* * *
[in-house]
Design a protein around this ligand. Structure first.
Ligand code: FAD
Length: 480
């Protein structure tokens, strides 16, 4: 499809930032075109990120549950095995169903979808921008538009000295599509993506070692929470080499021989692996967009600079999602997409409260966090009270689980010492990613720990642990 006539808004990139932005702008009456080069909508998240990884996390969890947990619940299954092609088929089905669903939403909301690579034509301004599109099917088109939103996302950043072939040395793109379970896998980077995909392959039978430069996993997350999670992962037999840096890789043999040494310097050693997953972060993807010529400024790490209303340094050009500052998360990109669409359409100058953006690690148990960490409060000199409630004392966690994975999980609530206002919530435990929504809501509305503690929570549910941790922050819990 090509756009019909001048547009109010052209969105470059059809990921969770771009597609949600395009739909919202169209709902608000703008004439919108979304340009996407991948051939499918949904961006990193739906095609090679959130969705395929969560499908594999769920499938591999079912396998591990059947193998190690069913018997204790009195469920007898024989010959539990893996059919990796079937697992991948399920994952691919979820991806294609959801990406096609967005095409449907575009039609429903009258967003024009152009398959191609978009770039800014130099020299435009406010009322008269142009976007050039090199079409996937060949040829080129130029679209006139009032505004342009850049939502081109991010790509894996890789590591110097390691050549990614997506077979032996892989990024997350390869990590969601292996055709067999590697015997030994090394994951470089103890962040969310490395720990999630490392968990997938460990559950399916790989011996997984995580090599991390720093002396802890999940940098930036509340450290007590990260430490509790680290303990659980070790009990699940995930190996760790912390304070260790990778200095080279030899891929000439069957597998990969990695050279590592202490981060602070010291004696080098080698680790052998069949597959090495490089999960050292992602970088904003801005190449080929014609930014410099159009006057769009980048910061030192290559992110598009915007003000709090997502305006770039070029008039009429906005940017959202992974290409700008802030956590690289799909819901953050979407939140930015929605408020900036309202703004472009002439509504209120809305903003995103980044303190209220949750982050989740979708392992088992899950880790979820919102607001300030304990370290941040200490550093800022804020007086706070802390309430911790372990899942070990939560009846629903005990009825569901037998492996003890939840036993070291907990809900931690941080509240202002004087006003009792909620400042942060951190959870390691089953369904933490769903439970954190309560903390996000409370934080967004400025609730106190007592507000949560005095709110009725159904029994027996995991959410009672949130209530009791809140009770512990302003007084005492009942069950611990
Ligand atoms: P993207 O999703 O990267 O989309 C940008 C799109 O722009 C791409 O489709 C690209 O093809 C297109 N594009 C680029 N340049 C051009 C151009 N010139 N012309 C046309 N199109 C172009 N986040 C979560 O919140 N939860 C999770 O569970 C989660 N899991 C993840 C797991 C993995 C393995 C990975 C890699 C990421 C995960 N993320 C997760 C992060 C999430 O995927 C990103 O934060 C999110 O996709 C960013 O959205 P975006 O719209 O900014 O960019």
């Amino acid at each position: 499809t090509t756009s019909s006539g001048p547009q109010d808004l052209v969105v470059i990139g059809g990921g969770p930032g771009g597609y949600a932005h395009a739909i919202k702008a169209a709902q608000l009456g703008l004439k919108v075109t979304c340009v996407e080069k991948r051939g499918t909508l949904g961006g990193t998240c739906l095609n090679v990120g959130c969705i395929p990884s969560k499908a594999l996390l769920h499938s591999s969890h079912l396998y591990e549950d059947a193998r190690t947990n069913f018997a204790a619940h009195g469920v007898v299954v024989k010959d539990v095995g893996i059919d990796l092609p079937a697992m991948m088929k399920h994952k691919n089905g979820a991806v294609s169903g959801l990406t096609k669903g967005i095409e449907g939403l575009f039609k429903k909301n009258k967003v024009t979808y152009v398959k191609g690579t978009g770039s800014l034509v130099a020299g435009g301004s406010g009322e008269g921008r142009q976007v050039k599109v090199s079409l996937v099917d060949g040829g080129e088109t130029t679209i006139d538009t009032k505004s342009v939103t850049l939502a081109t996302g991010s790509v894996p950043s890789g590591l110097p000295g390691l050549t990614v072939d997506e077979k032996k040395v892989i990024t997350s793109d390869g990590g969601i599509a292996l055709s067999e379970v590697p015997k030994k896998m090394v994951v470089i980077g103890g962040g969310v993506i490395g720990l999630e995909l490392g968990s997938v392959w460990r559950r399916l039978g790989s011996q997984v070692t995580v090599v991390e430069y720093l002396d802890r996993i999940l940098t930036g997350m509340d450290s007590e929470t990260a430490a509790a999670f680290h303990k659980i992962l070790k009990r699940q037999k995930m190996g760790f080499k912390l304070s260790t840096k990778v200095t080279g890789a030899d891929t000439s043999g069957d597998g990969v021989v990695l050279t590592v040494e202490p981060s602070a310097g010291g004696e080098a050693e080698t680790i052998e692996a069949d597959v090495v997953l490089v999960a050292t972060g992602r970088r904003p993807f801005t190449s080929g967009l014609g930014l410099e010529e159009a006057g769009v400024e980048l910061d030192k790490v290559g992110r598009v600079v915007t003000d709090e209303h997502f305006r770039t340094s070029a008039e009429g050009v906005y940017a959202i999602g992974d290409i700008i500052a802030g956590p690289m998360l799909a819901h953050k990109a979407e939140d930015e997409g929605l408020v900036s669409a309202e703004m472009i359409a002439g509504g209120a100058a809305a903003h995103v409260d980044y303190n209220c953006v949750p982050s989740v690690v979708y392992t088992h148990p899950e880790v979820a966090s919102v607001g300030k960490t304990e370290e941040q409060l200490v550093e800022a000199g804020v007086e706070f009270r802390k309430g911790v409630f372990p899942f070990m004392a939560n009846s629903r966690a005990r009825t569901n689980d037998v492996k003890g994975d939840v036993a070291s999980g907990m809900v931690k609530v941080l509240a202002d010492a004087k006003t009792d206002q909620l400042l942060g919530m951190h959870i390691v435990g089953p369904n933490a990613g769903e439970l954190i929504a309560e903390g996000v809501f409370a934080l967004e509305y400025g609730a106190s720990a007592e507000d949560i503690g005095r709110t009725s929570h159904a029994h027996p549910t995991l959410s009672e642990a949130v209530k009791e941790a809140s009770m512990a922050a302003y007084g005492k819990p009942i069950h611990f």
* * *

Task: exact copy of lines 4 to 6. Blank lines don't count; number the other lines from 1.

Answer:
Length: 480
């Protein structure tokens, strides 16, 4: 499809930032075109990120549950095995169903979808921008538009000295599509993506070692929470080499021989692996967009600079999602997409409260966090009270689980010492990613720990642990 006539808004990139932005702008009456080069909508998240990884996390969890947990619940299954092609088929089905669903939403909301690579034509301004599109099917088109939103996302950043072939040395793109379970896998980077995909392959039978430069996993997350999670992962037999840096890789043999040494310097050693997953972060993807010529400024790490209303340094050009500052998360990109669409359409100058953006690690148990960490409060000199409630004392966690994975999980609530206002919530435990929504809501509305503690929570549910941790922050819990 090509756009019909001048547009109010052209969105470059059809990921969770771009597609949600395009739909919202169209709902608000703008004439919108979304340009996407991948051939499918949904961006990193739906095609090679959130969705395929969560499908594999769920499938591999079912396998591990059947193998190690069913018997204790009195469920007898024989010959539990893996059919990796079937697992991948399920994952691919979820991806294609959801990406096609967005095409449907575009039609429903009258967003024009152009398959191609978009770039800014130099020299435009406010009322008269142009976007050039090199079409996937060949040829080129130029679209006139009032505004342009850049939502081109991010790509894996890789590591110097390691050549990614997506077979032996892989990024997350390869990590969601292996055709067999590697015997030994090394994951470089103890962040969310490395720990999630490392968990997938460990559950399916790989011996997984995580090599991390720093002396802890999940940098930036509340450290007590990260430490509790680290303990659980070790009990699940995930190996760790912390304070260790990778200095080279030899891929000439069957597998990969990695050279590592202490981060602070010291004696080098080698680790052998069949597959090495490089999960050292992602970088904003801005190449080929014609930014410099159009006057769009980048910061030192290559992110598009915007003000709090997502305006770039070029008039009429906005940017959202992974290409700008802030956590690289799909819901953050979407939140930015929605408020900036309202703004472009002439509504209120809305903003995103980044303190209220949750982050989740979708392992088992899950880790979820919102607001300030304990370290941040200490550093800022804020007086706070802390309430911790372990899942070990939560009846629903005990009825569901037998492996003890939840036993070291907990809900931690941080509240202002004087006003009792909620400042942060951190959870390691089953369904933490769903439970954190309560903390996000409370934080967004400025609730106190007592507000949560005095709110009725159904029994027996995991959410009672949130209530009791809140009770512990302003007084005492009942069950611990
Ligand atoms: P993207 O999703 O990267 O989309 C940008 C799109 O722009 C791409 O489709 C690209 O093809 C297109 N594009 C680029 N340049 C051009 C151009 N010139 N012309 C046309 N199109 C172009 N986040 C979560 O919140 N939860 C999770 O569970 C989660 N899991 C993840 C797991 C993995 C393995 C990975 C890699 C990421 C995960 N993320 C997760 C992060 C999430 O995927 C990103 O934060 C999110 O996709 C960013 O959205 P975006 O719209 O900014 O960019």